Early on a Saturday morning in June (very early for this non-morning person!) I found myself surrounded by the sights and sounds of a busy farmer’s market. Organized by a group of local farmers, the Canandaigua Farmers' Market runs from June to October in a parking lot in downtown Canandaigua, in New York’s Finger Lakes Region.
But I wasn’t just there to browse: I was on a mission. I had been handed $20 and instructed to check out the local produce and choose a few ingredients that I would like to cook with. As I wandered up and down the small market, I picked up big bunches of kale, curly garlic scapes, bright red strawberries, and snow-white fresh goat cheese. I teamed up with a mother-daughter duo from Rochester, Rose and Mary Ann, and we added a few more items to our shopping bags.
Then, we were off to what is now called New York Kitchen (formerly the New York Wine and Culinary Center) for a cooking class. Their Hands-On Kitchen is located in a beautiful building on the shore of Canandaigua Lake, which also houses a tasting room where you can explore local wine and beer; a restaurant, NYK Cafe; private event space, and more. They host a wide variety of cooking classes, both in-person and virtual, and food and wine related events.
I was excited to work with the fresh ingredients that we had gathered at the market, and equally excited to have such a well-equipped kitchen to play in. I had a kale pesto in mind, and I couldn’t wait to get started. As it turned out, however, Rose had her own ideas about what we would make. And who would make it. And it wasn’t me.
Mary Ann took me aside early in the process to let me know that her mother was always in charge in kitchen. She wanted to apologize in advance because she knew that we were both about to get bossed around. And indeed, my pesto idea was thrown out with the kale ribs and strawberry stems. I was allowed only to sautee the greens under Rose’s watchful eye, and help fetch ingredients for the other dishes. My biggest contribution to the meal was spreading goat cheese and hot pepper jelly on crackers.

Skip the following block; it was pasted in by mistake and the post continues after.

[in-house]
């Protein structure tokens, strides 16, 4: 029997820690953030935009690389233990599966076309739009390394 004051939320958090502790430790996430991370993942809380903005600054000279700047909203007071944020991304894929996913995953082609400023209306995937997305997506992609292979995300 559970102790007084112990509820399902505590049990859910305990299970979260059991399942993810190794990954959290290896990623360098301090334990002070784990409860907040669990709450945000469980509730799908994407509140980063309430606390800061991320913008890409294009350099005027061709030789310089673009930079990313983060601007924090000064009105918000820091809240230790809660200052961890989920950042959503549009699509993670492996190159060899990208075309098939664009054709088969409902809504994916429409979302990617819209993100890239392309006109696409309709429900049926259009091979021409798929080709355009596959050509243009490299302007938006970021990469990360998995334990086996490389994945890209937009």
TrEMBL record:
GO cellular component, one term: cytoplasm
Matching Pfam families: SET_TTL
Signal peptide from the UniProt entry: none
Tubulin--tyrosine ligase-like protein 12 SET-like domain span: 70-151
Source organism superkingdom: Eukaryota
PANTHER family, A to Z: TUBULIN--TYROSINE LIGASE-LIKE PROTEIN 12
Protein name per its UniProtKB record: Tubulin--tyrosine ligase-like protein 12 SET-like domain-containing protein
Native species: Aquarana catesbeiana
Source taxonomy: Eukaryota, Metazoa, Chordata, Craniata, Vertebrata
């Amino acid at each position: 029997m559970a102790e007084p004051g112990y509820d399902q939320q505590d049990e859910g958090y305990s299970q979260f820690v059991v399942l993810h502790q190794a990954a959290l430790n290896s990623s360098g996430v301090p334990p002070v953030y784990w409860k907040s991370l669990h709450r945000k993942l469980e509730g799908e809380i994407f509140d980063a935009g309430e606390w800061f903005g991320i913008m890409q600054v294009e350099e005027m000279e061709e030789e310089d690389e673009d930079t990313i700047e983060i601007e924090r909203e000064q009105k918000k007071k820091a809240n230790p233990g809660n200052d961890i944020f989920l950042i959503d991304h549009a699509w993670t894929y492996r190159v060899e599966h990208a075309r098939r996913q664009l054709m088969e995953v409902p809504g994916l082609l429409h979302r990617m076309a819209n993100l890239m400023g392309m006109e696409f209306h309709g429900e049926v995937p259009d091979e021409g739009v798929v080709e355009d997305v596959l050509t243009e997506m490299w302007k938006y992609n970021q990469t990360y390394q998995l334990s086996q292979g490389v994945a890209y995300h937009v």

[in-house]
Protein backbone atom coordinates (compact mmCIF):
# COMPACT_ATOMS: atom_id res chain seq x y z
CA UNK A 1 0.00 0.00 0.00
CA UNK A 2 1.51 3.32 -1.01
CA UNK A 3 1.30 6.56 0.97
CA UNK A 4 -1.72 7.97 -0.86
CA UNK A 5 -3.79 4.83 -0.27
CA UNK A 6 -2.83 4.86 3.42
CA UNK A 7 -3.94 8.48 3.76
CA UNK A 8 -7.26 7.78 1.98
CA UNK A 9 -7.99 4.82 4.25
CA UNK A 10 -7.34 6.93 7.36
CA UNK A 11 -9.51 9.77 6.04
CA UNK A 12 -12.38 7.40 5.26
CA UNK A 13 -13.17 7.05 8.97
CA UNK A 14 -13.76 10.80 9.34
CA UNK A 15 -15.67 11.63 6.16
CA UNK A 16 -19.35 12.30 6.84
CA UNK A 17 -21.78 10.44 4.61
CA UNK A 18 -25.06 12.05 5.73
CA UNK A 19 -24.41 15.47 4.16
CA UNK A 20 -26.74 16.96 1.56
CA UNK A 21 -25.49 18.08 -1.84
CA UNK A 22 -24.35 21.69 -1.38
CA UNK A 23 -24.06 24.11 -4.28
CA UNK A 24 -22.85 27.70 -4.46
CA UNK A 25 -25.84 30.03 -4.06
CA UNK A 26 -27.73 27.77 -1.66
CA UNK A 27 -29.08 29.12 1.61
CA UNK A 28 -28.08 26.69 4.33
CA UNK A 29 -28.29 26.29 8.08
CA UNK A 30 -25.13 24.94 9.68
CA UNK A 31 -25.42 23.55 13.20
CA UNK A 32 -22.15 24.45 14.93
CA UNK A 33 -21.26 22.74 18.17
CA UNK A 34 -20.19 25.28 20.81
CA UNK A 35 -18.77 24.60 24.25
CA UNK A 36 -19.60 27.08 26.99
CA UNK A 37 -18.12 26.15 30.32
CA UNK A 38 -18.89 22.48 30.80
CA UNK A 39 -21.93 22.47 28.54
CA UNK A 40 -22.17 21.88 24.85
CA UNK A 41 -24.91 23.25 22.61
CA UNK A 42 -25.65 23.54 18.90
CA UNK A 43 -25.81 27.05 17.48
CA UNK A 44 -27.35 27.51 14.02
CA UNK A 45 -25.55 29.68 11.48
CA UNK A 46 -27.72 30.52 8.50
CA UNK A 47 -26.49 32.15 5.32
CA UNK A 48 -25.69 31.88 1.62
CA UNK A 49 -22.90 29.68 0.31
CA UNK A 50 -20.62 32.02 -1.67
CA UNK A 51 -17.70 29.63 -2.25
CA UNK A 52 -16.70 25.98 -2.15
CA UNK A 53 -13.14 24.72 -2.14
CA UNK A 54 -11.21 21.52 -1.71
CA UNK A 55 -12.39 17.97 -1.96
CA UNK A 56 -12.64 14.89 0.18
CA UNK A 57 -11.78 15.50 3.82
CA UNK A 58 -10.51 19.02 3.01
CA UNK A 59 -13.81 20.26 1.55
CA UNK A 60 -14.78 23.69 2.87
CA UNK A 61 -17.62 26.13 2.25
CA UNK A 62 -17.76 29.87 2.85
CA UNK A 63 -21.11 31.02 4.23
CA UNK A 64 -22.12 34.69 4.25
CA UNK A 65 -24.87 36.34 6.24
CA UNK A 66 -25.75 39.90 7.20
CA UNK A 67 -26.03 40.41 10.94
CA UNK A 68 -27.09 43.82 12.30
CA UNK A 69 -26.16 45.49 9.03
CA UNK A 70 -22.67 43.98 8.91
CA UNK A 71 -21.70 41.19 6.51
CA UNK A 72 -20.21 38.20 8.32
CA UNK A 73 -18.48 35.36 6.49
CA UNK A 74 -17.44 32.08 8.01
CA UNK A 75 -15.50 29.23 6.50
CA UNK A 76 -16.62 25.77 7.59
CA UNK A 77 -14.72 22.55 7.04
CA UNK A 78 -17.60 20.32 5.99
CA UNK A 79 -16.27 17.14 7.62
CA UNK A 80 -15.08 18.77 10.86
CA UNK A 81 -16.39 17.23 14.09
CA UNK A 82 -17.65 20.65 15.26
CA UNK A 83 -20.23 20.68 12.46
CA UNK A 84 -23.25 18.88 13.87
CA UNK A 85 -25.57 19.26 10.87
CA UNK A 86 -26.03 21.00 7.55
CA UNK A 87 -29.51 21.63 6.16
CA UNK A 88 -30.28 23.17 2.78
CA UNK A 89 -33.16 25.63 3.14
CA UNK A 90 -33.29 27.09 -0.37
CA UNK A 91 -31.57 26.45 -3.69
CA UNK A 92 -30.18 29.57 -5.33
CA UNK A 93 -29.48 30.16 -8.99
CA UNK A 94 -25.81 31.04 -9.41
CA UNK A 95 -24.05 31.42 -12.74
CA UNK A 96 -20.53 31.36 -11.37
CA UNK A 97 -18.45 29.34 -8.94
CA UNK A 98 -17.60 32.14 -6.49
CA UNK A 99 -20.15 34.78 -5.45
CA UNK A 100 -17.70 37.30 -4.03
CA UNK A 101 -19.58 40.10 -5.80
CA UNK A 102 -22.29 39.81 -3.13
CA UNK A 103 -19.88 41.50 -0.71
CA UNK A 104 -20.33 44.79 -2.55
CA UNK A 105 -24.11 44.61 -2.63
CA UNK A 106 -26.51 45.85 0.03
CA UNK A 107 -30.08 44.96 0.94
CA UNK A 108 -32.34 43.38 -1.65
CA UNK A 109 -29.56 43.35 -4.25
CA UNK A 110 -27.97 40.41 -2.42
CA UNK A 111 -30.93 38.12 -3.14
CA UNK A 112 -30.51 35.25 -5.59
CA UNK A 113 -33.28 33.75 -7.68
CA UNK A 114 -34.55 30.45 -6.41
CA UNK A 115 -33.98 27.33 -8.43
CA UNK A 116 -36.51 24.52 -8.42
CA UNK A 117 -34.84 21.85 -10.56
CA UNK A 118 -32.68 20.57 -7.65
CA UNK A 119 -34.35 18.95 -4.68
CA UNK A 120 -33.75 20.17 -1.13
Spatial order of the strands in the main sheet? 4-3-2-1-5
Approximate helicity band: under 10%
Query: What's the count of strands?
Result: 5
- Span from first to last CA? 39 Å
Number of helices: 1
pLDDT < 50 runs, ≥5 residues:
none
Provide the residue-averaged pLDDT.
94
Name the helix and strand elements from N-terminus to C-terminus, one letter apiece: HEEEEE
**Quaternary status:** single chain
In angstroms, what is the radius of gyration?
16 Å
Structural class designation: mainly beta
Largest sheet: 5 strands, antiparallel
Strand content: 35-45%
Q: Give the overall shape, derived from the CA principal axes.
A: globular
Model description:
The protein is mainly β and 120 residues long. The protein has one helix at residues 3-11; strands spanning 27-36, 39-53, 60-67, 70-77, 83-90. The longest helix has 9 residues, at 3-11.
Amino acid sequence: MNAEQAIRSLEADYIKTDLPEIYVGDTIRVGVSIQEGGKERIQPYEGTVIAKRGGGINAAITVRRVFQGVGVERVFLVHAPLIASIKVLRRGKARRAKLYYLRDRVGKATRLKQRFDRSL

Sometimes, it’s more important to go with the flow than to worry about fulfilling expectations. It seemed pointless to share with Rose that I was, in fact, a personal chef. Instead, I accepted her orders and watched her in action. She had years of experience cooking up Italian specialties for family and friends, so she knew exactly how she wanted things to be done.
Letting go of my desire to do things my way also freed me up to wander around the kitchen and see what our fellow classmates were up to. At each station, different dishes were being whipped up with the guidance of our patient and friendly chef, Jose Morales. Within less than two hours, everyone was finished, and we walked around the kitchen filling our plates with tastes of more than 20 different dishes. It was delicious!
Although the class didn’t turn out quite as I had expected, I loved the whole experience. From visiting the farmers market and getting a feel for what was growing in the Finger Lakes region, to meeting new people, to having the opportunity to work in a professional kitchen under the tutelage of a local chef, to tasting great food made alongside new friends, it was time well spent.
At the end of the class, Rose gave me a big hug, and I gifted her and her daughter with some lovely bread that I had picked up at the market. It was a sweet ending to an interesting morning.
Thank you to Finger Lakes Visitors Connection for their support on this trip.